Over at EconLog, Bryan Caplan gives one of Herbert Hoover's final campaign speeches a close reading. In a November 1932 address to about 15,000 people in St. Paul, the president declared that he had enacted 21 "long-view policies to cement [the economic] recovery and to stimulate progress in our country for the future." If anyone still believes the stereotype of Hoover as an apostle of laissez faire, Caplan will disabuse you of the idea: "out of 21 measures," he writes, "we have two matches with Hoover's stereotype, plus two partial matches. The remaining 17 measures directly contradict the stereotype. If liberal historians focused on policy instead of party, they would cast Hoover as John the Baptist to FDR's Jesus—not Satan."
Arkansas cops love this insane practice they call "precision immobilization technique"—slamming into moving vehicles, sometimes over simple traffic stops.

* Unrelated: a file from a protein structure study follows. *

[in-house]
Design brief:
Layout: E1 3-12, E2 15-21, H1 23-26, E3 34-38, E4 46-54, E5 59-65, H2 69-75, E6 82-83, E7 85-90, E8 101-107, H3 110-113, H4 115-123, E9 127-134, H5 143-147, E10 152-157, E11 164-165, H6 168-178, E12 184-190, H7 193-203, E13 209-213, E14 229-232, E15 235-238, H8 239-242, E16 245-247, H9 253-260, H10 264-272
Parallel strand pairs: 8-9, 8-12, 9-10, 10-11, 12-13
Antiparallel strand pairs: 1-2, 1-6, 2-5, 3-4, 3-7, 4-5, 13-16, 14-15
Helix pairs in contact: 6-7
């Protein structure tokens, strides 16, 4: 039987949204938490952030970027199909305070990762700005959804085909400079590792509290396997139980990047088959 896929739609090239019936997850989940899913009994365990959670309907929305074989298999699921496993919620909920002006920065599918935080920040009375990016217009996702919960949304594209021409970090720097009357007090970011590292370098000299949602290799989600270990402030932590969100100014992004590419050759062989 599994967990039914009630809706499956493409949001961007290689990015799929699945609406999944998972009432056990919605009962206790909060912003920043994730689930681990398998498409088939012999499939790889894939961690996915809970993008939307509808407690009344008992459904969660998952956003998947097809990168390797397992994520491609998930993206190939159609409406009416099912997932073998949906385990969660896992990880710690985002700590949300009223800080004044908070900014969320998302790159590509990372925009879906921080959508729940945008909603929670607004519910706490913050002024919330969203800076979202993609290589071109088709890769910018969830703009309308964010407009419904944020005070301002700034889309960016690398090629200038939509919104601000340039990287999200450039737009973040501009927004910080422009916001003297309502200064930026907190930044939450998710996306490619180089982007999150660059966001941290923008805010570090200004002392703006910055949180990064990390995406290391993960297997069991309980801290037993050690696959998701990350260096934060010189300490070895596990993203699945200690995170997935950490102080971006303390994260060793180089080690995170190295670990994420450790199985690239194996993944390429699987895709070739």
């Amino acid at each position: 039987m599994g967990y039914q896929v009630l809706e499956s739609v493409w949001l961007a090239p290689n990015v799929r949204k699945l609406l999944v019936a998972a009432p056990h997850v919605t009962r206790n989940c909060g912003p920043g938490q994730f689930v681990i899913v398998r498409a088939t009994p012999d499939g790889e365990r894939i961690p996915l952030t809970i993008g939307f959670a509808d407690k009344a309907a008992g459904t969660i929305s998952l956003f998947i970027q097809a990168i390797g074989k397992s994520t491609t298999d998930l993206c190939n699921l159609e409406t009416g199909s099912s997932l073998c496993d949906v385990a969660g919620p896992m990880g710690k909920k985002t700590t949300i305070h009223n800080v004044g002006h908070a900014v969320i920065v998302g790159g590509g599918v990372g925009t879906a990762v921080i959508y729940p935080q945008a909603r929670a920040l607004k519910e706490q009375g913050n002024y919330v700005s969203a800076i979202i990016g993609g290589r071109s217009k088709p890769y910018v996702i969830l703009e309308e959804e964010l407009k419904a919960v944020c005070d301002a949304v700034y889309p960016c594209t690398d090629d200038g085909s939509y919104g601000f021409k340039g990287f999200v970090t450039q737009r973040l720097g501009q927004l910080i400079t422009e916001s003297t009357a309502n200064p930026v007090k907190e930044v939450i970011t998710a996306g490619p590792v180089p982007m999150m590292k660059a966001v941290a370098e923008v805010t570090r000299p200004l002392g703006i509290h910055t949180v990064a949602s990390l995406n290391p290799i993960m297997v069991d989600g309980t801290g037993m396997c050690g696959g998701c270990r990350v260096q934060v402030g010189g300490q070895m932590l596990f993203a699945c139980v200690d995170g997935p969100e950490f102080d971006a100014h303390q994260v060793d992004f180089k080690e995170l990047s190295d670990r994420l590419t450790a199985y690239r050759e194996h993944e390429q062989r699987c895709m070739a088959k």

Indiana Said the Government Should Be Able To Take Everything You Own if You Commit a Drug Crime. The State Supreme Court Wasn't Having It.
After eight years, Tyson Timbs finally gets to keep his Land Rover—once and for all.
Over 24 Cops Raided the Wrong Address and Wrecked an Elderly Man's Home. They All Got Qualified Immunity.
There will be no justice for Onree Norris.
The FBI Returned This Innocent Couple's Safe Deposit Box. It Refuses To Give Back Many Others—and Is Trying To Seize $85 Million in Cash.
"It makes me feel like the government is preying on the vulnerable and the weak to line their own pockets."
Why is it so hard for him to just admit he was wrong?